Seagate’s latest DataSphere event allowed the company to talk about their shipping 18 TB HAMR HDDs and soon to come 20 TB drives as well as their CORTX open source intelligent object storage software. CORTX software is used on the Lyve Drive Rack for up to 1.7 PB of object storage.
According to recent data from Wells Fargo analyst Aaron Rakers using data from Trendforce and TrendFocus, enterprise solid state drives (SSDs) generally cost $185/TB and nearline hard disk drives (HDDs) cost about $19/TB, so enterprise SSSDs have a 9.7X price premium in $/TB, that has been relatively constant, as shown below. This disparity in prices for storage capacity is the primary reason that mass storage in data centers uses high capacity HDDs.
Seagate Technology’s primary business is building and selling HDDs, although it has some business with enterprise SSDs in partnership with Intel. The companies HDD business generated $2.3 B in revenue in CQ2 2020, while enterprise data solutions and SSDs generated $195 M. The company sold mostly to OEM’s (74% of their business). Seagate sold more HDDs than any of the other HDD vendors through CQ2 2020 (44% of total shipments compared to 37% for WDC and 19% for Toshiba).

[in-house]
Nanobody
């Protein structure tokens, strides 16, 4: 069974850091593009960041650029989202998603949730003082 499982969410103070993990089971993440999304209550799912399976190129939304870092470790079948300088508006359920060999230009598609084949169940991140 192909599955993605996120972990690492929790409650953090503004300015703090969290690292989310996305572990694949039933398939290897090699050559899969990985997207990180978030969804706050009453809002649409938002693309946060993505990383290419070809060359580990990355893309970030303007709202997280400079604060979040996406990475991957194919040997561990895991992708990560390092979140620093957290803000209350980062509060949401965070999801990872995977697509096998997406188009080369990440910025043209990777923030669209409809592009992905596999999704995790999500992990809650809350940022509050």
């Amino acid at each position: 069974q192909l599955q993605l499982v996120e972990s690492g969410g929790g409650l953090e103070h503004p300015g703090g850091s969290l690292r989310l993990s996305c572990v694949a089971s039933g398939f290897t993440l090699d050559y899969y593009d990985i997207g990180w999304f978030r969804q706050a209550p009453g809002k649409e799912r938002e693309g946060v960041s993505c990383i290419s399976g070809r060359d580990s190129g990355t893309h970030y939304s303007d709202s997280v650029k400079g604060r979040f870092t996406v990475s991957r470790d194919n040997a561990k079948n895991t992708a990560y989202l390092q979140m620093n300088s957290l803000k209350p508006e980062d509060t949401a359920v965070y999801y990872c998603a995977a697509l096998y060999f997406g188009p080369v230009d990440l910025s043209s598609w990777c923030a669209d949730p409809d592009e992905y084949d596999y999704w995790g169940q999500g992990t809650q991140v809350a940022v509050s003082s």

Seagate sold even higher percentage of nearline (high capacity enterprise) HDDs at about 52% of the total CQ2 2020 nearline HDD shipments. Large capacity HDDs, including nearline HDDs show the greatest growth in HDD shipments compared to legacy applications such as personal computers and consumer electronics where SSDs or network storage are gradually displaying HDDs. The average sales price (ASP) for HDDs has been increasing with the increasing percentage of shipping higher ASP, higher margin, nearline